Members of the South African Police Service.


Members of the South African Police Service.

Sharon Seretlo, Gallo Images

Complaints brought against the South African Police Service highlight that there are deeper systematic failures within the safety sector, argues Reagen Allen. 

South African police are responsible for the deaths of civilians at a rate almost twice that of security officers in the US. Since 2017, rape by police officers has increased by 44% and torture by 24%.

Worse still, psychologists are of the view that democratic South Africa has inherited deep fears regarding police brutality in heavy-handedly enforcing apartheid legislation.

With the implementation of the nationwide lockdown, the introduction of curfews and issuing of permits to limit travel resembled the application of apartheid legalisation. Along with the inherited fears, the concern is that, not only did the heavy-handed enforcement of lockdown regulations by select safety and security officials become an unacceptable reminder of apartheid but it possibly speaks to much greater and ongoing problems within the safety sector.

The death of Collins Khosa sparked much necessary criticism of hard-handed law enforcement in South Africa. His case is one of six known cases recently investigated by the Independent Police Investigating Directorate (IPID) during the lockdown period.

Not only were these cases widely documented by the media but the case of Collins Khosa is one that acutely demonstrates the lack of transparency, accountability and consequent lack of confidence in the justice system. The Khosa case remains stuck between IPID, as the watchdog which recommended disciplinary action, and the SANDF which pardoned involved soldiers.

Assault and torture

During 2018, 5 829 complaints were brought against SAPS to the Independent Police Investigative Directorate. 69.9% of these cases related to assault and torture.

Whilst 6.7% were recorded as deaths due to police action, which excludes deaths recorded in police custody. A more horrifying revelation is the mere 1.3% conviction rate for these crimes which effectively means, besides a disciplinary process, citizens remain subject to injustice.

These injustices may be attributed to deeper systemic failures with the safety sector.

The IPID Act requires the National Police Commissioner to respond to disciplinary recommendations, as well as inform the national Police Minister along with the Executive Director and Secretary of Police of these procedures.

These bodies within the police service are meant to address concerns and policy related issues regarding law enforcement. Their direct line of report, is, regrettably, right back to the Minister responsible for policing.

This is the same Minister responsible for the execution of safety policy in the first place, and in this way, the Minister gets to be both player and referee.

These lines of reporting do not align with the democratic principle of checks and balances. Checks and balances are governance principles to separate powers to achieve greater transparency and to promote accountability in the name of maximum functionality of public departments and services.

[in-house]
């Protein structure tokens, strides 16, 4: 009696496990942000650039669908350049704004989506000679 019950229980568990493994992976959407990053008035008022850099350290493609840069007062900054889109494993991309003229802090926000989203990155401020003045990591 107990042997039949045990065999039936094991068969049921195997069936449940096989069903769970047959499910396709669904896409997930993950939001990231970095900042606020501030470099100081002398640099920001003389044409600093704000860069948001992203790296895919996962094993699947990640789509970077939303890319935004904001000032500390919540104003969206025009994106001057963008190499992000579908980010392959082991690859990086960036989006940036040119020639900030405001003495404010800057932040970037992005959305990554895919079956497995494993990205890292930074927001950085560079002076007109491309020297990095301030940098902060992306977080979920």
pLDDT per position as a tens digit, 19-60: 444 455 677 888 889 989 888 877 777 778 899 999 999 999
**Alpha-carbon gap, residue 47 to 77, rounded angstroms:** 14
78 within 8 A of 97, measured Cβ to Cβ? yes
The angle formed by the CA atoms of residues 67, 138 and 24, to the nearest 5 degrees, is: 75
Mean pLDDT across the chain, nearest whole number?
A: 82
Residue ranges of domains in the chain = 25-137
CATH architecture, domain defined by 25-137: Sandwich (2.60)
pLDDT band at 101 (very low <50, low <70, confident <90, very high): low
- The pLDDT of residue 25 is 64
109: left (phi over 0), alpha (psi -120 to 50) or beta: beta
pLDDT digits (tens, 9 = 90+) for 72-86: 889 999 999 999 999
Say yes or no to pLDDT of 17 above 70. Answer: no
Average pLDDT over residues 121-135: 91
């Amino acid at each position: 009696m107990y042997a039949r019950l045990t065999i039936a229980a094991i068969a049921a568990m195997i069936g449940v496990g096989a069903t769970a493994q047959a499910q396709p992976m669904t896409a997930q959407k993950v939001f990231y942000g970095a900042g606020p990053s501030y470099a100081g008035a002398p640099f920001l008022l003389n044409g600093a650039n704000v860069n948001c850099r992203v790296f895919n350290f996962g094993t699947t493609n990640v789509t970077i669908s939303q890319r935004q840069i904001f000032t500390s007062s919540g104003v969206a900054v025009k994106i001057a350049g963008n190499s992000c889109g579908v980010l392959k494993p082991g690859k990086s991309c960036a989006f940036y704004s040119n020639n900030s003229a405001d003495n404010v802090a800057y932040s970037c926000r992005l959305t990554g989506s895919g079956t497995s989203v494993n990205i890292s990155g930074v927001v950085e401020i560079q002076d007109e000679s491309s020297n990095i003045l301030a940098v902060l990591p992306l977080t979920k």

Transparency and accountability are fundamental to the practice of good governance; there is certainly a need for greater transparency and accountability in safety and security forces, highlighted by the grim reality of police brutality. 

The Police Ombudsman in its turn has the duty to enhance effective and efficient policing service delivery and to improve relations between communities and the police as a whole.

For the financial year ending on 31 March 2020, the office of the ombudsman too, received 70% more complaints than the previous financial year. 

Not only do these numbers create a greater cause for concern around poor service delivery, but it also draws attention to the lack of trust citizens hold in the safety sector. The office of the Ombudsman in the WC is also the first and only of its kind.

Under-resourcing of police

An investigation was launched by the Public Service Commission on under-resourcing in the South African Police Service in the Western Cape and revealed that there are indeed inadequacies with policing resources that went against policing needs and priorities.

The Police Minister, Bheki Cele, denied this saying under-resourcing exists only in relative terms. Denying that problems exist do not make them go away. Unfortunately, the principle of cooperative governance was ignored and came at the cost of citizens’ safety. Nonetheless, the Western Cape government launched its Safety Plan to supplement policing in the province for greater public safety.

The truth is that, the Western Cape Government Safety Plan is comprehensive in that it aims to address the root causes of crime and will be implemented by the use of real time data to target interventions, in communities where it is needed most.

But it cannot function without the confidence, trust and a capacitated national police service. Improper checks and balances, precipitous denialism, and the failure to address systemic failures may undermine this all-inclusive plan.

One should investigate the working conditions of safety officers that lead to poor service delivery and low morale that officers may have become subject to.

As seen, 26 years after apartheid, institutional reform is a long and often cumbersome process but we can never accept police brutality by officers who we ought to trust. What good is freedom and human rights in a constant stand-off with those who are meant to keep us safe?    

– Reagen Allen is the DA Western Cape spokesperson for Community Safety, MPL.

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